But these are only initial thoughts, offered in the hope of beginning to address a deep wound in our society.  I would encourage people to read the National Catholic Register article as well as a recent Newsweek article (“Mean Men“).  And of course, and as always, I welcome your thoughts.

In Christ,

+Fr Gregory


Comments

  1. Geo Michalopulos :

    Fr Gregory, your post raises many pertinent points. One that I have noticed regarding the Catholic priesthood was that ever since Vatican II, a massive desertion of priests happened, supposedly because they were expecting this council to allow them to marry. Perhaps 20,000 left world-wide. The subsequent vacuum forced many seminaries to lower their standards. They essentially became dumping grounds for deviants who looked at the priesthood as an acceptable profession which would silence their families’ incessant carping on “why don’t you marry that nice Mary-Katherine O’Malley girl?” (I know, I’m dealing in stereotypes here. Sound familiar Harry?)

    Anyway, the thing that is most distressing to me, and what is NOT being discussed, is that this phenomenon is not one of pedophilia, but pederasty, or more accurately, ephebophilia, the love of adolescent boys. In other words, homosexuality.

    Somewhat less distressing is that there is far more child/adolescent molestation going on the the school systems than there is in the Catholic Church. The lamestream media makes more of a stink about the priesthood but they will not say what the real problem is. For this reason I find myself commending Harry Coin’s views about the “never married,” or “bachelor synods” because in my estimation (as someone with lifelong experience in the GOA) is that this is a significant problem. And as Fr Hans has observed, homosexuals display a “disordered way of thinking.”

    Of course I will be hit over the head with the charge of “homophobia” (a neologism devoid of meaning) but most psychologists will tell you (privately) that male homosexuality is a disorder.

    • George thanks for the comment.

      If I may, the research suggests that in fact Catholic seminaries did not “became dumping grounds for deviants.” Yes there were some notable cases in the 1990’s but very little of what happened seems to have resulted from the events surrounded Vatican II but much of the misconduct that afflicted the Catholic Church happened in the 50’s, 60’s and 70’s and so was perpetrated by men who went to seminary BEFORE Vatican II.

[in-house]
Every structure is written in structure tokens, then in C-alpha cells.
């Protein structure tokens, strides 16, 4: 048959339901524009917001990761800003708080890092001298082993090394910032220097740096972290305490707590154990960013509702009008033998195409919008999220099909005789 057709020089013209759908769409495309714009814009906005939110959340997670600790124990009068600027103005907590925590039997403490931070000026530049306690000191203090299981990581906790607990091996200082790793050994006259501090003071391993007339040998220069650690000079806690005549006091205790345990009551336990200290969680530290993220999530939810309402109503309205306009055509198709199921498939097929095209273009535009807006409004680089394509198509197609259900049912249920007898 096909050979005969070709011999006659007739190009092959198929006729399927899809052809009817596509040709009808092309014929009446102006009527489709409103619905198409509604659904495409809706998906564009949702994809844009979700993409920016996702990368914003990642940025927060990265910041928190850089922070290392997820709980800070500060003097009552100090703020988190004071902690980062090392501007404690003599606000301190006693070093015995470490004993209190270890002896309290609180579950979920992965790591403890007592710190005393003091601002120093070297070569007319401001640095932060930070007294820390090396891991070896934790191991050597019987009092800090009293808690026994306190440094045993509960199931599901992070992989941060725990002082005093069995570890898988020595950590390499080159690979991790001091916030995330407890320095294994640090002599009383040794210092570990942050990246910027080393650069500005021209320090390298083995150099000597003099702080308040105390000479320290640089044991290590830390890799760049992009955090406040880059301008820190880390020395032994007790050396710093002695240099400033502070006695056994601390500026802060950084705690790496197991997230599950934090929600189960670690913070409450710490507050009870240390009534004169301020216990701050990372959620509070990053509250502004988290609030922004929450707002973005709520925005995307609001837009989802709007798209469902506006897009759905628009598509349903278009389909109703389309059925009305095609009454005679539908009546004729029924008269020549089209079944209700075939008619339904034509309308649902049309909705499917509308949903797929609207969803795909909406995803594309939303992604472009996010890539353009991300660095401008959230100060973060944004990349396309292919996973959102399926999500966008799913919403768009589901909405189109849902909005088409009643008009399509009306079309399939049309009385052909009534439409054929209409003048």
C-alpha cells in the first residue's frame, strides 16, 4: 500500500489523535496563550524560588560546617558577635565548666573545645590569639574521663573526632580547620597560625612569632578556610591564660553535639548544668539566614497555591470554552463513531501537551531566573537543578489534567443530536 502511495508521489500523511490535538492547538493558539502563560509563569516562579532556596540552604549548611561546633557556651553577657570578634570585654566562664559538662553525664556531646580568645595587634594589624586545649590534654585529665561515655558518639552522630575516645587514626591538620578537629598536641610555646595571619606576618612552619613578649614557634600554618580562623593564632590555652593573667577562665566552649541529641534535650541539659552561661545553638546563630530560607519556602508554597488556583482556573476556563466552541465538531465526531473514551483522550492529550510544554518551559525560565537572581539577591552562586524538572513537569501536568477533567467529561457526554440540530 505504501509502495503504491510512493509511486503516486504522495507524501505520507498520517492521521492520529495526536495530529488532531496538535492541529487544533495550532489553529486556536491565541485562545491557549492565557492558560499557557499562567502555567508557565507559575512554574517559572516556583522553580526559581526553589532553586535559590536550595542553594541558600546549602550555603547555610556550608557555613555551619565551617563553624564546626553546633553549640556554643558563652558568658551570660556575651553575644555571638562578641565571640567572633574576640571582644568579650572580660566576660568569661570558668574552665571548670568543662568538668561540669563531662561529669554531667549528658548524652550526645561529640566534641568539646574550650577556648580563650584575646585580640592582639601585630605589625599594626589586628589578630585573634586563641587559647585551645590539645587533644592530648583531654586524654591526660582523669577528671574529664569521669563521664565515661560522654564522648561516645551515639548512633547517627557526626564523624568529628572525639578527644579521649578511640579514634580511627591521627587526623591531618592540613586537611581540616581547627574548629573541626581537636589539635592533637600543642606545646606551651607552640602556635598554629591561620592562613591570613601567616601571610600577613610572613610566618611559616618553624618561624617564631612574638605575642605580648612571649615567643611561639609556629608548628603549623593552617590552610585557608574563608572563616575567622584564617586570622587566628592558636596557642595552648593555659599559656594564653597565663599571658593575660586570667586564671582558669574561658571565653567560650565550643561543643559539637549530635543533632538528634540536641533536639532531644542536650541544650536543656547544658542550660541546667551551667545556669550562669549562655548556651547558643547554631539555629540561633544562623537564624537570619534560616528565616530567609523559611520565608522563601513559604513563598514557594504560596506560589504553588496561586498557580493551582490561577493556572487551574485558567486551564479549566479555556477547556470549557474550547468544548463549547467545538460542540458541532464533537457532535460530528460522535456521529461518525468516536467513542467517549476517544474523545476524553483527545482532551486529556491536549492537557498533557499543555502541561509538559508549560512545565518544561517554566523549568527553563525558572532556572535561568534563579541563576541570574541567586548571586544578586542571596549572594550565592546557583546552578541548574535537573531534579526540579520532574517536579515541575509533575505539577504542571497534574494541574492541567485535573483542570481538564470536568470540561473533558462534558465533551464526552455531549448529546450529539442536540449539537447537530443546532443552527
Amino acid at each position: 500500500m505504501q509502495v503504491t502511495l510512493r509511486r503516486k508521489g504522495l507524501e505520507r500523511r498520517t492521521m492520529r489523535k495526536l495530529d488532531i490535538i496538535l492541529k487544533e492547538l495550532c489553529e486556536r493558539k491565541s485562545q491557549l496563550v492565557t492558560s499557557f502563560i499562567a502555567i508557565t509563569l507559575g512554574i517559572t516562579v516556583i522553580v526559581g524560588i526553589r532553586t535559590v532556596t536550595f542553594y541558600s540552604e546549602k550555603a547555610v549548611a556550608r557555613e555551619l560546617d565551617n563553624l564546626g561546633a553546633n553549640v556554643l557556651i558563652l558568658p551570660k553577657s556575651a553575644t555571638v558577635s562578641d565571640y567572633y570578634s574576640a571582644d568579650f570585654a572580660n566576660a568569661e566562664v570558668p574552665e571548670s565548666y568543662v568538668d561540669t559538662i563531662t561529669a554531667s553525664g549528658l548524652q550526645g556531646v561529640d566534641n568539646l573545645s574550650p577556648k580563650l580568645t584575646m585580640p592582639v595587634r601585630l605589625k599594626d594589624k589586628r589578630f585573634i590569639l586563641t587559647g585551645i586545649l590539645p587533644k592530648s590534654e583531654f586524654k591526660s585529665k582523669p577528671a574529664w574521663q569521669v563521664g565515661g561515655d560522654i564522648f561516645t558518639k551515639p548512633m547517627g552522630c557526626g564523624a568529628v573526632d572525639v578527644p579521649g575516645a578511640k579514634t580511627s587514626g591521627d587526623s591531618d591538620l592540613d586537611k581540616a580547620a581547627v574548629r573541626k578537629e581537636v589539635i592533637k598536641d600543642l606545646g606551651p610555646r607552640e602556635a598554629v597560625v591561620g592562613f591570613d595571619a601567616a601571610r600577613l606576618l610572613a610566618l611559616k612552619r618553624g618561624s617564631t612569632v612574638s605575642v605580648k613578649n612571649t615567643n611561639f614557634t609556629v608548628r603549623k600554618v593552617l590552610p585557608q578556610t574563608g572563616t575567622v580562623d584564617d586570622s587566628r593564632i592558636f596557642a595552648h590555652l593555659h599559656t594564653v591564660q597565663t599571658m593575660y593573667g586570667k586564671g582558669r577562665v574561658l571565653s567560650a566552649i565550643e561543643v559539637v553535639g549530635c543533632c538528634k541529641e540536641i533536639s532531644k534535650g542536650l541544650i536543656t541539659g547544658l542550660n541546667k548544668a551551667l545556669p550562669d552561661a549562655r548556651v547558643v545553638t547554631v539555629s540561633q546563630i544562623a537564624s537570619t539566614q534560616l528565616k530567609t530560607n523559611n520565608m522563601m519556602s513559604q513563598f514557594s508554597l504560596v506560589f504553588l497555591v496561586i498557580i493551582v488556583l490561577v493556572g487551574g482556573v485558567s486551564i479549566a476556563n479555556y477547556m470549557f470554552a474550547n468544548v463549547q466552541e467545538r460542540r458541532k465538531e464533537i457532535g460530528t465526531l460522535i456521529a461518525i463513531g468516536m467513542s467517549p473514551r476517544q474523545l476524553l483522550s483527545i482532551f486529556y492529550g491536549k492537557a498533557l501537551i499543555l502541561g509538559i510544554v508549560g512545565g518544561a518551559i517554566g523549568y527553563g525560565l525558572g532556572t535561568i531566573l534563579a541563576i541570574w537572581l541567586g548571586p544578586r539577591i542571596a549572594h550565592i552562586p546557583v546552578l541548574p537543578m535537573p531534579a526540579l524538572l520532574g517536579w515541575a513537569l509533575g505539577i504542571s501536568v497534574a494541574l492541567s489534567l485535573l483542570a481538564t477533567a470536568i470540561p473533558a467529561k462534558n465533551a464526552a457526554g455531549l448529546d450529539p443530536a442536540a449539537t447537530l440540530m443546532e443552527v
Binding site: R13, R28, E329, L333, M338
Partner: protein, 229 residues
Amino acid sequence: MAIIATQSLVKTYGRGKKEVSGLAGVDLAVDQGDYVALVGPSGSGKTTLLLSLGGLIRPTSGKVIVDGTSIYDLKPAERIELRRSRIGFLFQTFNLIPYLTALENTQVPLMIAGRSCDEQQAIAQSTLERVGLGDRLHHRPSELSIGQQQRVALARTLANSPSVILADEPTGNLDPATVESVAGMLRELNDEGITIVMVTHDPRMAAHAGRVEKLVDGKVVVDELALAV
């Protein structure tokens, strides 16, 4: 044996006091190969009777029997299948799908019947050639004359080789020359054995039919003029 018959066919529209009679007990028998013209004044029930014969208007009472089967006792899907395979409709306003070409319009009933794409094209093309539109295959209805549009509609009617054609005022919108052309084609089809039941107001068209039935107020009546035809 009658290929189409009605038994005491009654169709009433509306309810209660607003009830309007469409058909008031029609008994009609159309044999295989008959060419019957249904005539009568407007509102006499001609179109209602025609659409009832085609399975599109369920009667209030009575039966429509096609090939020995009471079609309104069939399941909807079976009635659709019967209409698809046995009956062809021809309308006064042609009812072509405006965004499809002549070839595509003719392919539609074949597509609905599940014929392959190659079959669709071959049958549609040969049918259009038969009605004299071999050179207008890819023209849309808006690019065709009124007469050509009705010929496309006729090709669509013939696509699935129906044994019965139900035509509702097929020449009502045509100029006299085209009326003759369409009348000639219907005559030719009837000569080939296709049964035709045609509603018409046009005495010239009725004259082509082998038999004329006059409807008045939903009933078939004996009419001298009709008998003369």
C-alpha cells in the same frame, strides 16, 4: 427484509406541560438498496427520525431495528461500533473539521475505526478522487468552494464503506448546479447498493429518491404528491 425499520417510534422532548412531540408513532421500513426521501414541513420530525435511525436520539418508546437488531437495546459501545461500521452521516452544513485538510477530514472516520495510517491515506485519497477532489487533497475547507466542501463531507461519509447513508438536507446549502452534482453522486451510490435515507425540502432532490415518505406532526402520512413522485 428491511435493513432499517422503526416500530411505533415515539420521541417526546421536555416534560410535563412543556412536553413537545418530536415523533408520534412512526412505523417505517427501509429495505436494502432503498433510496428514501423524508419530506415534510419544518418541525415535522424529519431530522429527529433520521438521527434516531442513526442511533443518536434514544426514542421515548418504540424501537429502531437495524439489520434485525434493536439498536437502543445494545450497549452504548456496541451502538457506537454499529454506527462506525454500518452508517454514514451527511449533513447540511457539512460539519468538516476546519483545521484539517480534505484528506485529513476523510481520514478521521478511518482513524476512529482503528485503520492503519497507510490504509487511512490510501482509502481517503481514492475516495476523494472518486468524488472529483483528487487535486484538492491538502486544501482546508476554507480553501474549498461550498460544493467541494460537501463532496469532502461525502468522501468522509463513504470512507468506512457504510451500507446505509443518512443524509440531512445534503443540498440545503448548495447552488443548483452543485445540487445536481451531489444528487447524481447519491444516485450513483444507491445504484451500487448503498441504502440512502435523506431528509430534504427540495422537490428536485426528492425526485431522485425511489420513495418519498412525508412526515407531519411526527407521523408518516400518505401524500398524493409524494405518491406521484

Again, the problem isn’t that we ordain bad men but that we ordain men who become bad.

      The question of whether or not the molestation is homosexual or not is interesting but morally and clinically I’m not sure how it is relevant. Could you elaborate for me please? (And part of why I ask is that I am dubious that sexual orientation as such is fixed. In other words, I think “gay” and “straight,” like homosexual and heterosexual our cultural-political terms not psychological or moral.)

      Did you mean to say the higher rate of child molestation (both as a percentage of the number of children and in real numbers) in schools rather than the Catholic Church is less distressing? I think that, at a minimum, it is at least as distressing if not more so.

      Finally, I’m not sure what you and Harry mean by “bachelor synods.” Could you or Harry please elaborate? At least as it pertains to sexual abuse of children, Catholic (and I would assume, Orthodox) vowed celibates are less likely to offend then the general male population. What I can say is that emotional immaturity , cross-denominationally, is common among clergy and a significant predictor of all forms of misconduct not just sexual.

      Again, thanks for the comment.

      +FrG

      • Geo Michalopulos :

        Fr, if I may clear up at least one point: re certain seminaries becoming “dumping grounds for deviants,” I get this information from Michael Rose Goodbye Good Men, in which he states that a covert, and often overt, homosexual subculture has arisen in many of these seminaries. These cultures have made it difficult for straight men to remain in them. Often, the interviewers will not accept straight men, telling them that they’d be “more comfortable” at St X’s Seminary. Otherwise, should they be accepted, the atmosphere is so “hothouse gay” that they eventually leave on their own, either to another seminary or out of the priesthood forever. According to Rose, this phenomenon first started in the late 60s and intensified in the 70s. Supposedly it still remains in play today.

        Regarding your statement that gay/straight is not necessarily “fixed” I agree with you. That’s one reason I’ve come to reassert the more traditional position in the current culture wars and why I resent traditionalists throwing in the towel in these same wars. Simply put, it’s premature to do so, history is on our side.

        If I may elaborate: it seems that there is a continuum of sexuality that people can be drawn to, with a significant percentage occupying the middle portion of the bell curve (so to speak). Historically this seems to be the case. Having said that, the extreme end, that is those who are 100% homoerotically inclined, does seem to arise from a psychological disorder. Usually some type of trauma, either psychic or physical. This trauma may be as simple as the absence of the biological father from the household, leaving an impressionable boy in a feminine subculture of mother, grandmothers, maiden aunts, nannies, etc. (I.e., the so-called “mama’s boys.) This is evident in the African-American and in many first-generation immigrant communities. According to the best estimates, 2% of white men are exlusively/primarily homosexual whereas 4% of black men are. The loss of paternal presence/ordered masculinity is that significant.